The end of the Indian OSCAT measurements (April 10, 2014)

oceansat-2_img

OceanSat-2 image courtesy ISRO

April 10, 2014

The PO.DAAC regrets to inform its users of the discontinuation of data retrieval for its OSCAT Level 2B dataset produced by the QuikSCAT science data systems team at JPL.

The OSCAT scatterometer onboard the Oceansat-2 spacecraft experienced failure in its traveling wave tube amplifier (TWTA) toward the end of February 2014. As a result, science data processing of ocean surface wind vector data has permanently ceased. The last available file from the QuikSCAT science data systems team provided to the PO.DAAC is effective for 20 February 2014 corresponding to orbital revolution 23370 ending at 2330 UTC. The data retrieved over the course of the mission will remain available at the PO.DAAC for continued public distribution.
The Indian Space Research Organisation (ISRO) was responsible for the design, launch and operation of the OSCAT instrument and the Oceansat-2 spacecraft. This announcement comes just before the completion of OSCAT’s five year anniversary.
Should you have any questions or concerns, please contact us at: podaac@podaac.jpl.nasa.gov

Since one of the purposes of the proposed scatterometer on the International Space Station, the ISS-RapidScat, was to calibrate OSCAT, this failure may place the ISS mission in jeopardy. But note that five years is a good run for a space instrument. This leaves the wind measurements from the European METOP-A and METOP-B scatterometers, and passive measurements from the Coriolis WindSat instrument as the source of global wind measurements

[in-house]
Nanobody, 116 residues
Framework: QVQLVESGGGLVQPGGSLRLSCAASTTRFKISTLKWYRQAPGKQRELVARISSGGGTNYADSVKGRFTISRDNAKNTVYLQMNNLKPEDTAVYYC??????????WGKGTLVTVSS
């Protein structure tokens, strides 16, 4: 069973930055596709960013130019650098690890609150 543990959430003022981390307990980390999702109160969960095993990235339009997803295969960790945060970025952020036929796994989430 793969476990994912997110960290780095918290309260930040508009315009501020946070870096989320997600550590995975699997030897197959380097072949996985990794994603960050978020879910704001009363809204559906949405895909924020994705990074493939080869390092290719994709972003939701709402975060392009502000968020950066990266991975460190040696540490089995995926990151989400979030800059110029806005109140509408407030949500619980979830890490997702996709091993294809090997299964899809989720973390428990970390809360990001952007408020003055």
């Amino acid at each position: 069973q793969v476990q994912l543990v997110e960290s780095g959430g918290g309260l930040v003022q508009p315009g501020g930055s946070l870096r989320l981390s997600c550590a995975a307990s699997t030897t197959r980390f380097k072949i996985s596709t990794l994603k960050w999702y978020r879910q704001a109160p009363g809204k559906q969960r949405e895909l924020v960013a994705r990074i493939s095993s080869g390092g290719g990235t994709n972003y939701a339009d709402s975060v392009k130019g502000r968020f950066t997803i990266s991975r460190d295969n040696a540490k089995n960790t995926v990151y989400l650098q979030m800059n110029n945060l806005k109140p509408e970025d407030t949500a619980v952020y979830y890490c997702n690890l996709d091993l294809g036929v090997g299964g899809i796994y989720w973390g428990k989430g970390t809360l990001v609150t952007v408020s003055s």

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About Seelye Martin

Seelye Martin received his Ph.D. in engineering mechanics from Johns Hopkins University in 1967 then spent two years as a research associate in the Department of Meteorology at the Massachusetts Institute of Technology. In 1969 he took up a position in the School of Oceanography at the University of Washington where he is now an Emeritus Professor. Beginning in 1987, he taught courses on remote sensing of the oceans. Professor Martin has been involved with passive microwave, visible/infrared and radar ice research since 1979, and has served on a number of NASA and NOAA committees and panels involving remote sensing and high latitude processes. He has made many trips to the Arctic for research on sea ice properties and oceanography. From 2006-2008, he worked at NASA Headquarters as Program Manager for the Cryosphere, where he also served as program scientist for the ICESat-1 and ICESat-2 missions. After leaving Headquarters, from 2009 -2012, he worked in a variety of roles for the NASA high-latitude IceBridge remote sensing aircraft program. For this work, in 2012 he was awarded the NASA Exceptional Public Service Medal.
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